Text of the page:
Parents in California who are considering divorce may be interested in understanding the impact that living accommodations have on child custody decisions. Courts will often make decisions about child custody and child visitation based on the conditions that the parents are living in. Different judges and states may have their own criteria, but there are a few universal things that will likely be considered.
The age and gender of the child are often factored in. If the child is of the opposite gender as the parent, the courts will likely want the child to have as much privacy as possible. This could mean having their own bedroom and bathroom. The older the child is, the more space the courts likely want the child to have. For example, the courts may not have a favorable impression of a circumstance where a teenage child is forced to share a bedroom with a sibling who is in elementary school. Courts could take the financial circumstances of the parent into consideration when making their decision.
Another factor that is considered is the number of children involved. If a parent wants to have custody of three children, the courts likely want there to be enough space for the children to have some privacy. They may look down on a circumstance where all three children share the same bedroom or where one child is sleeping on the couch or in the same bedroom as the parent.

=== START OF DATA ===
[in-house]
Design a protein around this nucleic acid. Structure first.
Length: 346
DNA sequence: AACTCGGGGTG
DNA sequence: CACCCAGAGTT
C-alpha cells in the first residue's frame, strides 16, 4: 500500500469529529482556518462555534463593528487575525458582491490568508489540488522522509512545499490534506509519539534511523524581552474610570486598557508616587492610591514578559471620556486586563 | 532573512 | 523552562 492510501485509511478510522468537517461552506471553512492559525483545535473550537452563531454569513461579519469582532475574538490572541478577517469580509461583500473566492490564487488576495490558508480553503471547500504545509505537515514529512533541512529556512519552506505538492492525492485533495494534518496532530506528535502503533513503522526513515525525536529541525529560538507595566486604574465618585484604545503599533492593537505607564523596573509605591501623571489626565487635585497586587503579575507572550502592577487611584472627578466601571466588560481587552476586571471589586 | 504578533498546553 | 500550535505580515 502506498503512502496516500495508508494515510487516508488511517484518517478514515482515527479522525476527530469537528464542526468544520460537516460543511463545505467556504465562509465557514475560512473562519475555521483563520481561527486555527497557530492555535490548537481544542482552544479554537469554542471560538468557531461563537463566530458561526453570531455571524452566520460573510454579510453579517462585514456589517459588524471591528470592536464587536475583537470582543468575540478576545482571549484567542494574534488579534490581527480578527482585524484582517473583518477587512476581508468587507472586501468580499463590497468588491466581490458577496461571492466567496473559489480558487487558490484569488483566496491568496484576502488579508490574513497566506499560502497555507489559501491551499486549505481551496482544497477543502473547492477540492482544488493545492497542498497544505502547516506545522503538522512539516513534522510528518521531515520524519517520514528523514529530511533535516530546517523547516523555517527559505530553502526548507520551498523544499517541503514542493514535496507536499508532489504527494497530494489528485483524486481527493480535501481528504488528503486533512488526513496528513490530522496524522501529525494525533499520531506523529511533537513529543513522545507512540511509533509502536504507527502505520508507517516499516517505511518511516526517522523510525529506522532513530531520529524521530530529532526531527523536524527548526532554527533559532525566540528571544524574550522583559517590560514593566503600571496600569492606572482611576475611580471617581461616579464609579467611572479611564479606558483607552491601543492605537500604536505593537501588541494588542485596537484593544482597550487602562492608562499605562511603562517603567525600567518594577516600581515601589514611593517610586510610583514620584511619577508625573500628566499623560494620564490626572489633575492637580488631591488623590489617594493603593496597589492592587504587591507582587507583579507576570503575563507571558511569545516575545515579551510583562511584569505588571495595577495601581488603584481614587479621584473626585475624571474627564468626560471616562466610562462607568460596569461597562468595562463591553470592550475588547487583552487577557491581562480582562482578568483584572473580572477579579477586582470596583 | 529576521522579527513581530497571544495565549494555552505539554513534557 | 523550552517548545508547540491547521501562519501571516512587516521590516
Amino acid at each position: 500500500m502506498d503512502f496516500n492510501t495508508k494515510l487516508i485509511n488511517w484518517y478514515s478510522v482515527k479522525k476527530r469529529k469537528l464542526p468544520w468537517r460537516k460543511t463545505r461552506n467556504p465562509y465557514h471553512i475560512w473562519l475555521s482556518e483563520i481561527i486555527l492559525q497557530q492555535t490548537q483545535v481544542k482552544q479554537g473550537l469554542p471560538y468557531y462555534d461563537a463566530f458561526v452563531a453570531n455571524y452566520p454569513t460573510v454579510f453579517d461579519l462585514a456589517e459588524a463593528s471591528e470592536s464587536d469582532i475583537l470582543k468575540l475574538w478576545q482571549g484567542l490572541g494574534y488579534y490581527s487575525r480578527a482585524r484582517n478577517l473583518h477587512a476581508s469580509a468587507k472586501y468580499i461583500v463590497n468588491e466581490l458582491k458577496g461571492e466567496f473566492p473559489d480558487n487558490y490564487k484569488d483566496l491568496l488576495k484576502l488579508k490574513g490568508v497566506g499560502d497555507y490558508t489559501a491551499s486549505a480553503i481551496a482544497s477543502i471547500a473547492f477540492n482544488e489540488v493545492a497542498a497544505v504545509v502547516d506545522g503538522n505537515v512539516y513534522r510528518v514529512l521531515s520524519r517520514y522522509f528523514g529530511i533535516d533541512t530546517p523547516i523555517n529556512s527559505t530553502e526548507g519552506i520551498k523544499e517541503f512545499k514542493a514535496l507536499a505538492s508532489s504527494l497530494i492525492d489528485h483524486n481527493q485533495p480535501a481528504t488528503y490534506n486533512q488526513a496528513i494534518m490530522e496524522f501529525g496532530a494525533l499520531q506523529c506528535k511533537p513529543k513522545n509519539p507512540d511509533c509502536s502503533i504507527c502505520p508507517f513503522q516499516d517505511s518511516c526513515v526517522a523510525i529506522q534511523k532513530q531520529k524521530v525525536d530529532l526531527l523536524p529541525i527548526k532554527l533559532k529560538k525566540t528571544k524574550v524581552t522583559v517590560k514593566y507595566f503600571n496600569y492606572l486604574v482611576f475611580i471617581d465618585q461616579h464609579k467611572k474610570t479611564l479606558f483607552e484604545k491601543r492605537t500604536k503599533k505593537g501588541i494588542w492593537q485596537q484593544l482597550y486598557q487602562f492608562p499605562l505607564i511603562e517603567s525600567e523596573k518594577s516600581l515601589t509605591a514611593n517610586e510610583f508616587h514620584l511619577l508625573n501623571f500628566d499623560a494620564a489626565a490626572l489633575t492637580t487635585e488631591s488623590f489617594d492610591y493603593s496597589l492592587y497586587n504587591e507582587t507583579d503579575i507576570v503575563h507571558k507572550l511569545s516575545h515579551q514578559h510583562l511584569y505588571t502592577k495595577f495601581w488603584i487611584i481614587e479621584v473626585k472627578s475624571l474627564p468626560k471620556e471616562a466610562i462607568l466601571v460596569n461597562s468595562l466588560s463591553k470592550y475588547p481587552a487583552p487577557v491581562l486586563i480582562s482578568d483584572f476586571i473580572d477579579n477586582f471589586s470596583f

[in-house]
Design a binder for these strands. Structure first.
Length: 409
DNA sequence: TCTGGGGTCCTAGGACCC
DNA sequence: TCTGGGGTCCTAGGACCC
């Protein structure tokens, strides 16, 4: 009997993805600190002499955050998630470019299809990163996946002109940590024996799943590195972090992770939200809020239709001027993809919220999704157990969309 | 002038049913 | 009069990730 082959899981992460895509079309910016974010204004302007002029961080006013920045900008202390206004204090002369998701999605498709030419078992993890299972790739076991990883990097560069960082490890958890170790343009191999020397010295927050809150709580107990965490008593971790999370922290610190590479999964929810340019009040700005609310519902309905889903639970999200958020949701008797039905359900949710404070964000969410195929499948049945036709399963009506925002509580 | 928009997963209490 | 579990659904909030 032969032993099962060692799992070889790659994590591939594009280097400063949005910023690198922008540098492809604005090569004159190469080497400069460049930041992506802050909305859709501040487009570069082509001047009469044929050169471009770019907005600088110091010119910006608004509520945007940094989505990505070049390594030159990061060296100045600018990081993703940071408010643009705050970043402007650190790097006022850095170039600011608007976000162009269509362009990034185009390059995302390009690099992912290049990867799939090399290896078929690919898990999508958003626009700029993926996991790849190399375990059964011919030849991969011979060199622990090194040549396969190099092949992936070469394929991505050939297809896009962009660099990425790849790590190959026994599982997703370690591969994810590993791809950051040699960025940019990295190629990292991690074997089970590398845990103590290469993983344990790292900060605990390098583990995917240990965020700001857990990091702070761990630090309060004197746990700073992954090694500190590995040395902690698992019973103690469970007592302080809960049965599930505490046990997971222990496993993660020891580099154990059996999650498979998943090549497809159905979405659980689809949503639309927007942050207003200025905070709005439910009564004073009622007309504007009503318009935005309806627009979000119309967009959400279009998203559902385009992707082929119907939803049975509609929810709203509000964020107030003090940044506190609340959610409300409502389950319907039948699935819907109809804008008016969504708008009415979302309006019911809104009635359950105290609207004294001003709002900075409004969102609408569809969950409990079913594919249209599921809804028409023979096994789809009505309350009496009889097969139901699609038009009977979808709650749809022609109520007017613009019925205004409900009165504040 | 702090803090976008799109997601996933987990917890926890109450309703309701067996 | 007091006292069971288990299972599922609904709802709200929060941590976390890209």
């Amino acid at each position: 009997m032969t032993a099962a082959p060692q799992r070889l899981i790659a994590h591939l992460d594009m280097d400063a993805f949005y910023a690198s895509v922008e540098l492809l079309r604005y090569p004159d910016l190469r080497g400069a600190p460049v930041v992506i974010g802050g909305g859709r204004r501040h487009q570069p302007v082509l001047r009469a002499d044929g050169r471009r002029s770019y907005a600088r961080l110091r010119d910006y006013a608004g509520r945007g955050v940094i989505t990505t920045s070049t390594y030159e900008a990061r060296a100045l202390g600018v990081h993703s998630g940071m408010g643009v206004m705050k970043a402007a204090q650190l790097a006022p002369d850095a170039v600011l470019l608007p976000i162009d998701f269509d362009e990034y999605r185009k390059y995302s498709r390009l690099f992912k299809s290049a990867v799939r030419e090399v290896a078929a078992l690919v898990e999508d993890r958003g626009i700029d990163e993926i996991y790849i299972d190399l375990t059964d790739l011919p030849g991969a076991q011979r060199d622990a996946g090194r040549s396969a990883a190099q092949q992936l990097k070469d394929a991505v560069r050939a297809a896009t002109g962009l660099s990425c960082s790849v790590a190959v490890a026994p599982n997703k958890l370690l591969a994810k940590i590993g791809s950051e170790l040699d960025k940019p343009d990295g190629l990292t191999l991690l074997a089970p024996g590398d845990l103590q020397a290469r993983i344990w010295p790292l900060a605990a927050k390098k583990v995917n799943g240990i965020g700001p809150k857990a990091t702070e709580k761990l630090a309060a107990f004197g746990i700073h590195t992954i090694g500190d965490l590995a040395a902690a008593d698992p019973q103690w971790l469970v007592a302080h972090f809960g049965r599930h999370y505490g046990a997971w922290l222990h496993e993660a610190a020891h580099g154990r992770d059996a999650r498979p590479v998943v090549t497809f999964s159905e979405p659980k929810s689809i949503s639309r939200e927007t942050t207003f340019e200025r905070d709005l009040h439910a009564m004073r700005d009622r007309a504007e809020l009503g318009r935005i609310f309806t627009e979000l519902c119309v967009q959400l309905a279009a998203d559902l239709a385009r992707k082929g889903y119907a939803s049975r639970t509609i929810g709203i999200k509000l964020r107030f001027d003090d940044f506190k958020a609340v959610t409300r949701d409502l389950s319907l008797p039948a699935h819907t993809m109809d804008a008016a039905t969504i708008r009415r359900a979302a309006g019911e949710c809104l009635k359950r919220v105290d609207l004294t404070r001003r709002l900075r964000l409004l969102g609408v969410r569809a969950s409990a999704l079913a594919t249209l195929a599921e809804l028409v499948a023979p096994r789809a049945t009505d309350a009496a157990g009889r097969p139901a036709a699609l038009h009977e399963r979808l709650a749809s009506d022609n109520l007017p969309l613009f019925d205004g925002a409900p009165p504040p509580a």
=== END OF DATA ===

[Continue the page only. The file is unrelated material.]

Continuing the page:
The courts must consider a number of factors when determining child custody cases. A family law attorney may be able to work with their client to help them show why they meet the qualifications to have custody or visitation rights over their children. The attorney may be able to discuss the child custody process with their client and give their client the help needed to present their case before a judge.